Obviously, the "what happens on tour stays on tour" mentality still exists for many people (most of us know of at least one married or partnered-up person who uses business trips as an excuse to shag around) and there are still plenty of British men who sexually exploit women while on holiday - and this is no longer limited to wealthy men in this era of more affordable international travel. It would be naive to think otherwise - but these exploits are not necessarily romanticised in the way Littlewood does in his pitiful tome. 

And that brings us to Love Island, which has people across the nation glued to ITV to see which of the nubile young contestants will be "coupled up", who will get "mugged off" and whether it is possible to form a serious relationship while doing "cheeky challenges" for the cameras.

It is all too easy to sneer at Love Island, to consider oneself to be socially, morally and intellectually above the contestants. But it is more honest and wholesome than any of the abusive behaviour that happened when wealthy, privileged men escaped Britain to chase sex elsewhere with scant regard for consequences or consent. Sure, Hayley thought Brexit might mean that all the trees will be cut down, but she epitomises the not-uncommon phenomenon of the physically glorious young woman who has only had one lover. For all the moral panicking going on out there about teenage sexual behaviour, research from the Next Steps Project found that one in eight people aged 26 are still virgins, a much higher proportion than around one in 20, as studies of earlier generations found. 

So far, only two, maybe three, couples have had sex in the current series of Love Island, with the first couple "doing bits" on episode 16. Only a seriously tedious prude would consider that rate of shaggery as some sort of orgy. The fact they refer to sex as "doing bits" tells you everything you need to know, bless 'em.

And unlike the wealthy creeps of centuries past, the sex that's happening on Love Island is consensual. Nobody is underage, nobody is being exploited, nobody is bothered about social class, and even if "doing bits" is a euphemism that makes me think of grinding things with a mortar and pestle rather than one's genitals, the young men and women are able to talk about what they're getting up to without rushing to either confession or their mothers. Only the nation's dreariest wet blankets are getting upset.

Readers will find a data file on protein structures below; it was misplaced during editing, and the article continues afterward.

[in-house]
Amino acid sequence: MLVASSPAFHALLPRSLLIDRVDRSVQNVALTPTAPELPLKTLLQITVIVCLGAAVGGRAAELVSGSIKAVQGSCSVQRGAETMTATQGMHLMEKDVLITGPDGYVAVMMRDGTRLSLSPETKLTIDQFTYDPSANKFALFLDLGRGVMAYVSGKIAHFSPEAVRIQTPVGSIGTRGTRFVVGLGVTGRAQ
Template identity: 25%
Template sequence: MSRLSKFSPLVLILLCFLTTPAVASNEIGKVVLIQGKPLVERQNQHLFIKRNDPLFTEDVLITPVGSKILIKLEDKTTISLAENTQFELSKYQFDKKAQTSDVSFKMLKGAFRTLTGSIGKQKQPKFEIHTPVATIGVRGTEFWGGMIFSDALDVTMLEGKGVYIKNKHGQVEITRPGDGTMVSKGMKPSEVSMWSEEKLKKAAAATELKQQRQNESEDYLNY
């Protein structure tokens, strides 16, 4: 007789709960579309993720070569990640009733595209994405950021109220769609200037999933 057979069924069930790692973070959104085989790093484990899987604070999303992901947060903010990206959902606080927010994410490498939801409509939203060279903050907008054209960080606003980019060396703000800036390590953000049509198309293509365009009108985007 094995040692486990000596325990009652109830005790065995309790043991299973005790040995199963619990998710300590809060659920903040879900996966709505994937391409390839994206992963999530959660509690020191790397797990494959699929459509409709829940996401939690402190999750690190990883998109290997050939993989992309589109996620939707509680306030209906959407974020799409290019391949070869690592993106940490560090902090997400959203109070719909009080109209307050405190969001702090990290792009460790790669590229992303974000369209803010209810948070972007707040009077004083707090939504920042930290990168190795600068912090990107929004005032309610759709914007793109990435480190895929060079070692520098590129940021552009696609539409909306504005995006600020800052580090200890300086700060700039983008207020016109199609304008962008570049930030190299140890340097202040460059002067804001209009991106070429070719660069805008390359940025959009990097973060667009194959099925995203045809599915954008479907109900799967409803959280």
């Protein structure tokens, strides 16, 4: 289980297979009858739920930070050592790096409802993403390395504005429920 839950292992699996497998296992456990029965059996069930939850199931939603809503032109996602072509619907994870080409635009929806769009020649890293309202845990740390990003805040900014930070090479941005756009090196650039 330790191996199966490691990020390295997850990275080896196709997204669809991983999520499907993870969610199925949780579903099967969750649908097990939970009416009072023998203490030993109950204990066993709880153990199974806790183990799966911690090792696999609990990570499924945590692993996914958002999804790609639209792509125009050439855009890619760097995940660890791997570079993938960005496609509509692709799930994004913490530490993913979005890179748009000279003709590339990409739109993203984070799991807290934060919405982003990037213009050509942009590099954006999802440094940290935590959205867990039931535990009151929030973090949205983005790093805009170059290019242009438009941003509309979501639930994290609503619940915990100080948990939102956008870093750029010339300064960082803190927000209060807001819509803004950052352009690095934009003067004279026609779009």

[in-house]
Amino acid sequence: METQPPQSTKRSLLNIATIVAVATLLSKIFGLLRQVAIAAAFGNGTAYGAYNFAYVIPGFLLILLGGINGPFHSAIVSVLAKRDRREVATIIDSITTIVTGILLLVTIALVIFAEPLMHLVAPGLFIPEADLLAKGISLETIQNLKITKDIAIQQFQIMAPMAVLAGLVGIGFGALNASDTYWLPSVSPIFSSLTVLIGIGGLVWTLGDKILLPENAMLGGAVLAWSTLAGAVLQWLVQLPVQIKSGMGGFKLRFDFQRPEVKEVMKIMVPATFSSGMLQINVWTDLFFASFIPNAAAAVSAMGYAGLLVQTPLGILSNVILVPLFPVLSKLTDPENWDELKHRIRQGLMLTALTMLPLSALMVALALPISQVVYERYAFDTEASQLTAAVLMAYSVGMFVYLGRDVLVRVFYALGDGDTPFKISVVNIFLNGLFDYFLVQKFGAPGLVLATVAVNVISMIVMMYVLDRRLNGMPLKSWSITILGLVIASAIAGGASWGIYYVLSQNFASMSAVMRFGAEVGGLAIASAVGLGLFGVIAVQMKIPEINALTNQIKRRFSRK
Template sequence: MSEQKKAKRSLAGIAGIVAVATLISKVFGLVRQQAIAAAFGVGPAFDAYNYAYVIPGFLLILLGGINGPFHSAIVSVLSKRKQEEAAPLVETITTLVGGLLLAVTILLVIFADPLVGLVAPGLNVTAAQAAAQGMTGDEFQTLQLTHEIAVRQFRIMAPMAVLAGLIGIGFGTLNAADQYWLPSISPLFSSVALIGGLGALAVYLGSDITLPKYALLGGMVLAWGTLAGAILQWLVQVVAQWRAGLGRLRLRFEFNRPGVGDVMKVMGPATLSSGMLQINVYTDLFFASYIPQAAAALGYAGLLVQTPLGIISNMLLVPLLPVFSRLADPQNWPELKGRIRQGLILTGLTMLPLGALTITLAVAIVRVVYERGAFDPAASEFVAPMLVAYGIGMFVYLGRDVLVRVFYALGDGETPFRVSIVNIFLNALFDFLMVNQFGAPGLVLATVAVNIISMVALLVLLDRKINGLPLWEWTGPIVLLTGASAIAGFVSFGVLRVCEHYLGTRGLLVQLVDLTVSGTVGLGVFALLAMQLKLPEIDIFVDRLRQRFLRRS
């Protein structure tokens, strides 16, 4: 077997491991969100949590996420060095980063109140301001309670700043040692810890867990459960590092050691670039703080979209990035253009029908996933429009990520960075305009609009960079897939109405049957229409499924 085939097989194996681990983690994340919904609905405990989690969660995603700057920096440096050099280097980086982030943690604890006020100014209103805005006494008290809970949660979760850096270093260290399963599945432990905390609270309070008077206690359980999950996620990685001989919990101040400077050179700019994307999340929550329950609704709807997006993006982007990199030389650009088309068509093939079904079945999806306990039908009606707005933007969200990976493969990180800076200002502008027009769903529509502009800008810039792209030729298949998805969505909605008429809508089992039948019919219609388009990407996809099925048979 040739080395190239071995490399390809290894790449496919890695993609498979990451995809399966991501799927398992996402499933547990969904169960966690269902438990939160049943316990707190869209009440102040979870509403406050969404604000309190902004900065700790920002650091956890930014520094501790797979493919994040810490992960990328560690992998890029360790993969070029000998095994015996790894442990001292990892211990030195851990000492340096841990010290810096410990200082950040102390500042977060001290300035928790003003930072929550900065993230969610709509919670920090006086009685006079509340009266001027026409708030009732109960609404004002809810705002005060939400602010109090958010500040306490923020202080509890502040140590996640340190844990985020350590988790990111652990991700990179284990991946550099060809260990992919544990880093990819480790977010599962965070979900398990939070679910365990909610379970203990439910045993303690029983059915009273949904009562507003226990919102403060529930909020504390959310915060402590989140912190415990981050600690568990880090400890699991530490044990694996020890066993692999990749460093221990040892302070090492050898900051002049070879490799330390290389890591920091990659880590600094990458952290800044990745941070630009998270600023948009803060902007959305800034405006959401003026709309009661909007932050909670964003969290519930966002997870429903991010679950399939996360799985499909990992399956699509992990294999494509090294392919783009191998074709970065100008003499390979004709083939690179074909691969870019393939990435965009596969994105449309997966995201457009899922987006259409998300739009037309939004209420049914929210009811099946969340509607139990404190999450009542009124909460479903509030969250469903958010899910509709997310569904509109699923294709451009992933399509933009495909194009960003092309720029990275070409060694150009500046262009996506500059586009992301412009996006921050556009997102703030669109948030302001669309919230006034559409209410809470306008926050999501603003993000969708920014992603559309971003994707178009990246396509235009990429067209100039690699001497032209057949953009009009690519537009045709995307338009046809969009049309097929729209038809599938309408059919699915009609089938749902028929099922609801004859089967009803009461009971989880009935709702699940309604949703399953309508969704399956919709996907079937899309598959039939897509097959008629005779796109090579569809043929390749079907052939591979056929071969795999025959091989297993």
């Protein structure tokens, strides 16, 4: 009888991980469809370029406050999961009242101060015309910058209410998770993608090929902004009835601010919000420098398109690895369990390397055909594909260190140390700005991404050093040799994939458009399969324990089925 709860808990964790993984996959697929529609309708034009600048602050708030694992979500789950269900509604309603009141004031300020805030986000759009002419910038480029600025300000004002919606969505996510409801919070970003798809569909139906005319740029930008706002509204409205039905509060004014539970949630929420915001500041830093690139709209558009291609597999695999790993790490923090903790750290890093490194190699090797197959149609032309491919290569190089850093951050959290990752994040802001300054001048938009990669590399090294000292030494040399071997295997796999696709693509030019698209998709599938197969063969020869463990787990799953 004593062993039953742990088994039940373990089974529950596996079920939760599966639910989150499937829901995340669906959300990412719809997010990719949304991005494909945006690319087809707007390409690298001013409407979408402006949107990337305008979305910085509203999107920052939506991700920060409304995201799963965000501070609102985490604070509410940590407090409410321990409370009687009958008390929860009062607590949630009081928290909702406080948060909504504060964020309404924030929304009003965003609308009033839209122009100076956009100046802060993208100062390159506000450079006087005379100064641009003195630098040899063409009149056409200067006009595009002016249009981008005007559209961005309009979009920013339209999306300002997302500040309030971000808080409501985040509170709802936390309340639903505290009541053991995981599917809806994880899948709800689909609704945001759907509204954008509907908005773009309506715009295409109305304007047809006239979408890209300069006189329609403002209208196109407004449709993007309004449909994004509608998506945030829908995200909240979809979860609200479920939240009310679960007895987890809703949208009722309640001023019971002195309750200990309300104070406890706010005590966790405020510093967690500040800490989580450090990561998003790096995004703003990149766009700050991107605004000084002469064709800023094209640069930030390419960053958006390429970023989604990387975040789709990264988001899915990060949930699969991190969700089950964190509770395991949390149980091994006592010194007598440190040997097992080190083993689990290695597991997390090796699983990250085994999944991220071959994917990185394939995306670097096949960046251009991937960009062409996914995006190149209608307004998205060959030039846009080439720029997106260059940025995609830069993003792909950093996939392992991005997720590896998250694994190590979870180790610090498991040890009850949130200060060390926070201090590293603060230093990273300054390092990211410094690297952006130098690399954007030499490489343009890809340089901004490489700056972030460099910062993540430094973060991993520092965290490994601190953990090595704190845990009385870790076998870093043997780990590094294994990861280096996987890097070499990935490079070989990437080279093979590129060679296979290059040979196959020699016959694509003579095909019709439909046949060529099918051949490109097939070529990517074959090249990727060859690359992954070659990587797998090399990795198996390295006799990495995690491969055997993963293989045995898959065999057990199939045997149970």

Give me a society where sex is consensual and discussed without embarrassment over one where sexual freedom is only for the privileged few at the expense of the vulnerable in faraway lands. Whether they realise it or not, the Love Islanders are flipping a massive bird at past hypocrisies and for that. I salute them.

Photo by Oliver Sjöström from Pexels


  1. Clearly Love Island is an innocent, harmless jape compared to the serial abuse of children (especially when the latter is accompanied by the carte-blanche of them being mere foreigners as well) but I do wonder whether it's entirely true that, as you say, "nobody is being exploited". These young people are being sold the story that physical attractiveness (of a horribly standardized variety - the presence of visible body hair on male or female alike would blow their minds) and the grail of celebrity will bring them fame and financial security. For a few of them it may be the case but there are going to be plenty of casualties; not just the participants, but the kids who watch the show too. Clearly it's nowhere near as bad as Gauguin giving syphilis to 12-year-olds on Tahiti, but it still makes me feel a bit queasy.

    1. Right on cue, news broke this morning of a distressing trick the producers played on Dani Dyer in the Love Island villa that was exploitative. I may need to update the blog post to reflect this.

      Everyone on the programme is chasing fame, love, money and sex, although not necessarily in the same order for everyone. I do think TV producers have a duty of care towards the people who go on such programmes but if there is informed consent and they are adults with agency, they should be aware of the risks. It's not as if stories of fame-gone-wrong are rare or unreported.